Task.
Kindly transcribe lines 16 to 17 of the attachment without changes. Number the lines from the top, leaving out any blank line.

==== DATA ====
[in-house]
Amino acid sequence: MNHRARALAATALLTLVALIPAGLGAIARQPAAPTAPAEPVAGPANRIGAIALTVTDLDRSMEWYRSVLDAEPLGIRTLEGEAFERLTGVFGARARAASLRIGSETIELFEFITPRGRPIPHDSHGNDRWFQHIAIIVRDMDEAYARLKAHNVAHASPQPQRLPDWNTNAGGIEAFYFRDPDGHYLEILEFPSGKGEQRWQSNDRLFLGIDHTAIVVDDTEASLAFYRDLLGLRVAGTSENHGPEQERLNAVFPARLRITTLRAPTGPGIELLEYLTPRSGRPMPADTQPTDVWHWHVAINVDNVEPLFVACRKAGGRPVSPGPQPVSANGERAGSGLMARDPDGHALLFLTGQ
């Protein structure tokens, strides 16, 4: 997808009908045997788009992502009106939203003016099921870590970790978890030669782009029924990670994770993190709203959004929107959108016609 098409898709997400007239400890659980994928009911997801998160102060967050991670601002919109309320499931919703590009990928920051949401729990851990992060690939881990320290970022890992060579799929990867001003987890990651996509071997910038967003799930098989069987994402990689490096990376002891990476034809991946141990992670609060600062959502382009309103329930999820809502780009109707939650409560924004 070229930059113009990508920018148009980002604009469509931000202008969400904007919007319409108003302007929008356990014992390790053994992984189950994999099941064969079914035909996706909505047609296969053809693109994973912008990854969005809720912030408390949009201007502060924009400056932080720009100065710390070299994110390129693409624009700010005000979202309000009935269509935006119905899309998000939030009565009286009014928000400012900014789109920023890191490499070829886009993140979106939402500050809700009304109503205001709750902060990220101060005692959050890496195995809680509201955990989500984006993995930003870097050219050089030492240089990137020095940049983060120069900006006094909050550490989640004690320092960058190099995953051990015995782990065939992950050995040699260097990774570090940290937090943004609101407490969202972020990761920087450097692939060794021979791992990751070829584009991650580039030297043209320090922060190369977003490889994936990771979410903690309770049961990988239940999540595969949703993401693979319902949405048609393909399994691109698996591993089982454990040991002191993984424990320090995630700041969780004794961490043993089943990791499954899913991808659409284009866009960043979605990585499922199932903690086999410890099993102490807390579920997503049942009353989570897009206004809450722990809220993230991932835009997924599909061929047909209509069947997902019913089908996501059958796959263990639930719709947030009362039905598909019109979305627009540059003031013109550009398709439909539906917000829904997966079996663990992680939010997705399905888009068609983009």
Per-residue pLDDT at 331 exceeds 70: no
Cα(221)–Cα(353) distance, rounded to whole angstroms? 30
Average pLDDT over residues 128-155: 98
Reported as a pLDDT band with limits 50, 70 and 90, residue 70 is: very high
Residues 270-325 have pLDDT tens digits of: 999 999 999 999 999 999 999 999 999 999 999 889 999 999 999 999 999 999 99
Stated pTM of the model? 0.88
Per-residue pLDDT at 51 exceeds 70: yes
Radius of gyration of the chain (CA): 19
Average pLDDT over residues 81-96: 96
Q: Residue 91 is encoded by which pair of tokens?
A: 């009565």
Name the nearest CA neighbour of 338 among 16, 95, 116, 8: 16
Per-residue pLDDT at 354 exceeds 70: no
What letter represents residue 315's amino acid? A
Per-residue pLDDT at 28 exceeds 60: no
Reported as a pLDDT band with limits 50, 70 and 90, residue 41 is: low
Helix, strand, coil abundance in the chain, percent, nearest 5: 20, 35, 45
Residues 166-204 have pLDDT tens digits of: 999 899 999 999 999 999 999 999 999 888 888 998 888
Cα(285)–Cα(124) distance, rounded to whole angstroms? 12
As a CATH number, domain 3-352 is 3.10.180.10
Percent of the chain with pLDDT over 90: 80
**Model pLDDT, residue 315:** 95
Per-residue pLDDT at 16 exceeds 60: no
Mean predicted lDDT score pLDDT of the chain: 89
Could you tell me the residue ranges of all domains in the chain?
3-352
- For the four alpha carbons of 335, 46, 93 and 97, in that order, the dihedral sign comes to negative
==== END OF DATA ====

Per-residue pLDDT at 354 exceeds 70: no
What letter represents residue 315's amino acid? A